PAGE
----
Hospital staff at a trust in Yorkshire are being encouraged to put their used chewing gum in new pink recycling bins that have been introduced across its three main sites.
Doncaster and Bassetlaw Teaching Hospitals NHS Foundation Trust is urging patients, visitors and staff to dispose of used chewing gum in new bright pink, dedicated bins installed around its sites.
“Used chewing gum causes a huge litter problem across all of our sites2
Suzy Brain England
The new gum receptors, called Gumdrops, are made out of recycled chewing gum and have been installed at Doncaster Royal Infirmary, Bassetlaw Hospital and Montagu Hospital.
The trust hopes the move will lead to less “unsightly” chewing gum across the organisation’s sites, which it noted was very costly to remove.
Dropping used gum into a normal litter bin helps to keep its hospitals clean, said the trust, but highlighted that it was not recycled and eventually ended up in landfill.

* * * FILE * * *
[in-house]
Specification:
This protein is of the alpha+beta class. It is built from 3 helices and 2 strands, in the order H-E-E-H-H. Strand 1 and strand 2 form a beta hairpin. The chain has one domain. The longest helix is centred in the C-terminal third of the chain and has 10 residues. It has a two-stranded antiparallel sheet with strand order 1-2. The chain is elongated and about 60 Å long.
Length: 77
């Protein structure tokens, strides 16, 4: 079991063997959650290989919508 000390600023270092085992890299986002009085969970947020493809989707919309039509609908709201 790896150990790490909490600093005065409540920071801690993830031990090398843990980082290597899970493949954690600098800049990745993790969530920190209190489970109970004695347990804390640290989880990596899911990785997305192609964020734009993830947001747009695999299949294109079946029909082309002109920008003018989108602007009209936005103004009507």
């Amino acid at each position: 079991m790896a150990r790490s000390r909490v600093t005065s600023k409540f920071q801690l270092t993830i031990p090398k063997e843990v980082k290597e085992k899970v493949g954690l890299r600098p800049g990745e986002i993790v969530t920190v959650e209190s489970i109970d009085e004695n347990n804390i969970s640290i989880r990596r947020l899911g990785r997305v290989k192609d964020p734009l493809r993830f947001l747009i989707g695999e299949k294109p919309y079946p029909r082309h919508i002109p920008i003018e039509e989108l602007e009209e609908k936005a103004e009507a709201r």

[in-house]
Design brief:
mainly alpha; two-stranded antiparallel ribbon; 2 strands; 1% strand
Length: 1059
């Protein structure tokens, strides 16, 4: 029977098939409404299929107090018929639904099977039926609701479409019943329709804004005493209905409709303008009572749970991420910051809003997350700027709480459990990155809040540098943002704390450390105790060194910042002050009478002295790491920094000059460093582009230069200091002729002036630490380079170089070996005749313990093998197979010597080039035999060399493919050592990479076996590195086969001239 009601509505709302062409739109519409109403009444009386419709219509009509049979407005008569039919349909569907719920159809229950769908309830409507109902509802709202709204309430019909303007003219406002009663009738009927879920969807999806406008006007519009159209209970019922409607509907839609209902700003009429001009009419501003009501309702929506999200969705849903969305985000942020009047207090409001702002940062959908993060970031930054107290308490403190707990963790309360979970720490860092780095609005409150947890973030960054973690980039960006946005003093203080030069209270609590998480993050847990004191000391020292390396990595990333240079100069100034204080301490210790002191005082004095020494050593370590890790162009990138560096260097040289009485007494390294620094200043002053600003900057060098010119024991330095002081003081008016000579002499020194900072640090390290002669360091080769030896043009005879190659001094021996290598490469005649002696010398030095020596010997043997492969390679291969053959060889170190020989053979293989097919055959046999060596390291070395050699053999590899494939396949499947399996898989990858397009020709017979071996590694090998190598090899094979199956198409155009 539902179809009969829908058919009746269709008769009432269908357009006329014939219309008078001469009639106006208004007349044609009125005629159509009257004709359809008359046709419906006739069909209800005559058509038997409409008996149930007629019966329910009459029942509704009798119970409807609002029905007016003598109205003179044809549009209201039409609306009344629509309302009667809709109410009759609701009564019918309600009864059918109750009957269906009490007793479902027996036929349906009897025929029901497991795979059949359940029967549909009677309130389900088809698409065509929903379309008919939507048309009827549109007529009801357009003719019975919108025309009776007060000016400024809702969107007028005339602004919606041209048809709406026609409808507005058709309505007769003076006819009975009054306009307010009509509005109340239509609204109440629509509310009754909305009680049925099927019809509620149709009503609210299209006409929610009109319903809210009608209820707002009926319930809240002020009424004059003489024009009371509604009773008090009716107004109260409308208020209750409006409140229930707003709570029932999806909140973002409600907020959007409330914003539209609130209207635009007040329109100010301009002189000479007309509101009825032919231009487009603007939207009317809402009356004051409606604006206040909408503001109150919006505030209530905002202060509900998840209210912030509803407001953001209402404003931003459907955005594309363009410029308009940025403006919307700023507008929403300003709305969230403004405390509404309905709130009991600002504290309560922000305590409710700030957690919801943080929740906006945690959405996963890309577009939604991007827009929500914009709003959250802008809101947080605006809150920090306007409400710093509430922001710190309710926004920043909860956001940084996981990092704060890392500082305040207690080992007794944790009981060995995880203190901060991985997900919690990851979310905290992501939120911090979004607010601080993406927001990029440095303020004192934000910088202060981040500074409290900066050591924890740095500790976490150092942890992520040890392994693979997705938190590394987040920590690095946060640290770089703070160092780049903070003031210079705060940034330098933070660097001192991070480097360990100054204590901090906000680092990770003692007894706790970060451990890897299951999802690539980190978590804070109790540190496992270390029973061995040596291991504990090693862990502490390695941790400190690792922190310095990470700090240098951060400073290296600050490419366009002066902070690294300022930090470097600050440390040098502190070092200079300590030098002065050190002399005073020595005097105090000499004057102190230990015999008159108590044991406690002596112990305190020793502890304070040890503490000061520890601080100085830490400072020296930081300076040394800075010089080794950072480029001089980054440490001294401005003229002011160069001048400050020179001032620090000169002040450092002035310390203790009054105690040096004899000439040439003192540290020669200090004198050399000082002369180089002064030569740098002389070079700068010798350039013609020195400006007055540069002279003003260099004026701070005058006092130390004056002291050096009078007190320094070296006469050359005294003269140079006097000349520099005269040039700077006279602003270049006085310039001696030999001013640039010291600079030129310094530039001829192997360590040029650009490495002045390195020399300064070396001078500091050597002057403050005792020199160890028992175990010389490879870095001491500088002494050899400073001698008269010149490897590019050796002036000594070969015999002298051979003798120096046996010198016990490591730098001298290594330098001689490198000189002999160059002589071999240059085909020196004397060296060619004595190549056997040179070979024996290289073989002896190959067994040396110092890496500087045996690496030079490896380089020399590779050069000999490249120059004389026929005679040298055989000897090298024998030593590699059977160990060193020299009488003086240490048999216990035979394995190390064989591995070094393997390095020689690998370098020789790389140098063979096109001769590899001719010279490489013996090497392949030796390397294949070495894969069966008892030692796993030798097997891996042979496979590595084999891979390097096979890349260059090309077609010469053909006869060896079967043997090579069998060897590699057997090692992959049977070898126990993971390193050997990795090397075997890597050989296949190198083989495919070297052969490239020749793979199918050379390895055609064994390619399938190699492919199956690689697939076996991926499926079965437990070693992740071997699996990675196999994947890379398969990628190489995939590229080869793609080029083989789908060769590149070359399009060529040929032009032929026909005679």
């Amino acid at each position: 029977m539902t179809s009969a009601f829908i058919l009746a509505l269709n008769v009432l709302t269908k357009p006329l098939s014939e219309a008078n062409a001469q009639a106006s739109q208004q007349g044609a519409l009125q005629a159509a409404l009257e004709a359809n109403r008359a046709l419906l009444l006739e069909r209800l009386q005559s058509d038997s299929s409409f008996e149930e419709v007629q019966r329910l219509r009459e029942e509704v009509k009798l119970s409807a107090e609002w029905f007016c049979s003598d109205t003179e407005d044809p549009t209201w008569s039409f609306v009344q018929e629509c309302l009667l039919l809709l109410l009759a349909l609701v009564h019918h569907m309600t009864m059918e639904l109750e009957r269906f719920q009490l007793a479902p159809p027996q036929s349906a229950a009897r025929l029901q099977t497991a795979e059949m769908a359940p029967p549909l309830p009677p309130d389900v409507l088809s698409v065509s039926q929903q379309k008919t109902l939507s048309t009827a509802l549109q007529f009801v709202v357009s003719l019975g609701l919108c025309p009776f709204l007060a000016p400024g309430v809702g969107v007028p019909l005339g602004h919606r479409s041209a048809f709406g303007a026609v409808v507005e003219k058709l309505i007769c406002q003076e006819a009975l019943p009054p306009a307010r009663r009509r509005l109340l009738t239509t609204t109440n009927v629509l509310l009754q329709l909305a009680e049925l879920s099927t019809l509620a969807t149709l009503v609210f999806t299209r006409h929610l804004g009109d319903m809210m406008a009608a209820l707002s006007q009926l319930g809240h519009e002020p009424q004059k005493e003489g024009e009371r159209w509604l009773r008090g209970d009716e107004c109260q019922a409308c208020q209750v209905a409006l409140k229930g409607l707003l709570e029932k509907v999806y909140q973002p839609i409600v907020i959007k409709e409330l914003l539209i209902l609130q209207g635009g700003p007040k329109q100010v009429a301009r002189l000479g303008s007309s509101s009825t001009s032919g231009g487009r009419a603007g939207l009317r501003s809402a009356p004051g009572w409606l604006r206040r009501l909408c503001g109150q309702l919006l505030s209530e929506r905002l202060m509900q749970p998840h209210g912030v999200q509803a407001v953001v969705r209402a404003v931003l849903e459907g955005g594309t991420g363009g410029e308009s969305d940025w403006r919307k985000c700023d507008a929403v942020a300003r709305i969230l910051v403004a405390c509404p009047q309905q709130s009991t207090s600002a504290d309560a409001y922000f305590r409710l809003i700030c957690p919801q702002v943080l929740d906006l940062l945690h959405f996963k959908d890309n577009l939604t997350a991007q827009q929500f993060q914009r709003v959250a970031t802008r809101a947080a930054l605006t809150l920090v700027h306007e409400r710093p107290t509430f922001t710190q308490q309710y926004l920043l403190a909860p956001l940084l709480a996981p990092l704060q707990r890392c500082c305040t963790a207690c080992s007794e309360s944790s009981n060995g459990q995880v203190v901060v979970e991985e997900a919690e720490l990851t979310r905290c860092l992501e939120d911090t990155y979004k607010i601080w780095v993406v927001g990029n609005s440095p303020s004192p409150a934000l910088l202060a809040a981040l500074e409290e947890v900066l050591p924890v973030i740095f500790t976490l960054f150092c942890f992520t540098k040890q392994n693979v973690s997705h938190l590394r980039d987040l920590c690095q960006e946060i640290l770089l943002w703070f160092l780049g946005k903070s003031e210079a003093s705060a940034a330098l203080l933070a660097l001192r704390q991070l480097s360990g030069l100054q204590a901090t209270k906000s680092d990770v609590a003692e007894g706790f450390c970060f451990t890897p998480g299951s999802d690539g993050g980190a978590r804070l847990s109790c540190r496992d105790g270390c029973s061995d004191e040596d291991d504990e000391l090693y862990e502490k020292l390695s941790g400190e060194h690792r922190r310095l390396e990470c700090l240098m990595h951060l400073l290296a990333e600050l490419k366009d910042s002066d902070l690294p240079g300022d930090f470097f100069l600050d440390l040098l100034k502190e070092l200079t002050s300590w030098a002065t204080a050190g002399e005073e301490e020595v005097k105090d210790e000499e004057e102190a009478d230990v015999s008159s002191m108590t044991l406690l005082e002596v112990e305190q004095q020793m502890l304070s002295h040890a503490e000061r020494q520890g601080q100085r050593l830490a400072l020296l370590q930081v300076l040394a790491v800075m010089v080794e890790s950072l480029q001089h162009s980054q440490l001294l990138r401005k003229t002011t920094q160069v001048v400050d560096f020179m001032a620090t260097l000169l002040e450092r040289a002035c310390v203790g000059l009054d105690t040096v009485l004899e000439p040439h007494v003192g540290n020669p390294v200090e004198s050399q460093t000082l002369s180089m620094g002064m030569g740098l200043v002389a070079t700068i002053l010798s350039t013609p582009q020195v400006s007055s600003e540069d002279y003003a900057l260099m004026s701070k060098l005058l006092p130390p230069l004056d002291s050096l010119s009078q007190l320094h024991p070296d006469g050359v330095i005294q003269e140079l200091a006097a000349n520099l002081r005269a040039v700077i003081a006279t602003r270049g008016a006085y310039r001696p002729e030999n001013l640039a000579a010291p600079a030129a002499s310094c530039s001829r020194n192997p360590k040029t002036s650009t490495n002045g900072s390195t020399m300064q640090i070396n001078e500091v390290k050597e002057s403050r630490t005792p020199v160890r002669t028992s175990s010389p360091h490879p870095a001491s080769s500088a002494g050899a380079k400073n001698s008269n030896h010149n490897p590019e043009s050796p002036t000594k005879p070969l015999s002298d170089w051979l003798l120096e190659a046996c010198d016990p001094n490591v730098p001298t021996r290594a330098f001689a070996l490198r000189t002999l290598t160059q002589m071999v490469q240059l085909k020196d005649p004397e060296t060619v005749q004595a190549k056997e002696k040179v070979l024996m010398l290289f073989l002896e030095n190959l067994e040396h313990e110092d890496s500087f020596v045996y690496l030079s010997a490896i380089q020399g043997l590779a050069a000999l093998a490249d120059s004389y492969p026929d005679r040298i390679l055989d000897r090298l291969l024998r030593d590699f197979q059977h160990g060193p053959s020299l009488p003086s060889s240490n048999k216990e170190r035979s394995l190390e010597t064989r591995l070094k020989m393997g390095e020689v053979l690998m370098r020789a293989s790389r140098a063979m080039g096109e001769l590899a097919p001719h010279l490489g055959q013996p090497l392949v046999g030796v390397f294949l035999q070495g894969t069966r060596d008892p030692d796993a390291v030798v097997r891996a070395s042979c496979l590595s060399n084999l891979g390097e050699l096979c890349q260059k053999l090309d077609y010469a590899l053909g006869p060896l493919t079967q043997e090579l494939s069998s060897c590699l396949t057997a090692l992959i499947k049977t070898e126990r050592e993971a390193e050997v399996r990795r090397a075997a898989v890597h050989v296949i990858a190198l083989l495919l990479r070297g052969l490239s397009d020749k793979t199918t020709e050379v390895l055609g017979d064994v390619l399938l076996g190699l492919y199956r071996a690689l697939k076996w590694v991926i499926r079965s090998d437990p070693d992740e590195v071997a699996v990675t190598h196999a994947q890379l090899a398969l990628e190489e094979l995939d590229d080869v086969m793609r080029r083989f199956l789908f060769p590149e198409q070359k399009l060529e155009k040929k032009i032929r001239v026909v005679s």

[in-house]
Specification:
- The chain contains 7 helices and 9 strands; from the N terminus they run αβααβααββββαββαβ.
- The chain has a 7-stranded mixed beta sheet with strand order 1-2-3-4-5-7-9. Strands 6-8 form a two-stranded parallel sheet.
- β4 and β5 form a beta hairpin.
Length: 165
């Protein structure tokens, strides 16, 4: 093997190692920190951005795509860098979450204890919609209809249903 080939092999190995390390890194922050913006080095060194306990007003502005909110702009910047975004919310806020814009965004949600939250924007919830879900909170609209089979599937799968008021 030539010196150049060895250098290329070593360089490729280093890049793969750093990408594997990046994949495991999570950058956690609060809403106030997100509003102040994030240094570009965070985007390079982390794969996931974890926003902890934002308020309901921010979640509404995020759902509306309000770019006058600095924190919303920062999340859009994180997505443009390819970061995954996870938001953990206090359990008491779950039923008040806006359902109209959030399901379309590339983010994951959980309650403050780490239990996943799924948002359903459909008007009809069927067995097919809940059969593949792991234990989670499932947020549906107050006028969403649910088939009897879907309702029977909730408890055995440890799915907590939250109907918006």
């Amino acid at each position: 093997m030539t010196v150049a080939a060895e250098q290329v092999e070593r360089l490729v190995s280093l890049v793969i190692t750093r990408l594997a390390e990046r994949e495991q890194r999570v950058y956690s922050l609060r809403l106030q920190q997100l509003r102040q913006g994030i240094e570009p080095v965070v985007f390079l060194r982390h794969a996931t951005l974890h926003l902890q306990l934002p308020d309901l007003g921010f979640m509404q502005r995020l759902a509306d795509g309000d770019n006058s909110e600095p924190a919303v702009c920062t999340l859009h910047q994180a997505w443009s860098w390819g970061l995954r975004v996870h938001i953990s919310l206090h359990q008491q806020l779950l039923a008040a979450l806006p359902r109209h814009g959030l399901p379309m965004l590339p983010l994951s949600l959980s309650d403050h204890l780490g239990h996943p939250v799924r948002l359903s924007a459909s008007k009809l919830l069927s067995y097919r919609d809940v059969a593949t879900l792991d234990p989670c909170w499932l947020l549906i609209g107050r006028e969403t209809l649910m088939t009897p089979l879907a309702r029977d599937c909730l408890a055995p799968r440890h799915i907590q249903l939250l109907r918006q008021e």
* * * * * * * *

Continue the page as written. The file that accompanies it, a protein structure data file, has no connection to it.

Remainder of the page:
Trust asks nurses to recycle chewing gum in pink bins
Using the eco-friendly containers, the gum is removed from the bins and recycled into plastic, which is used to create more Gumdrops, as well as wellington boots, coffee cups and mobile phone covers.
Suzy Brain England, chair of the trust, said: “Used chewing gum causes a huge litter problem across all of our sites.
“Installing these bins encourages visitors to dispose of their used gum ensuring that waste is not stuck on pavements and roads around our hospitals which is very unsightly,” she said.
“The bins are hard to miss, being bubble-gum pink in colour, and will save on the cost of cleaning up gum and is part of our commitment to create a clean and healthy environment for patients, visitors, staff and our local community,” she added.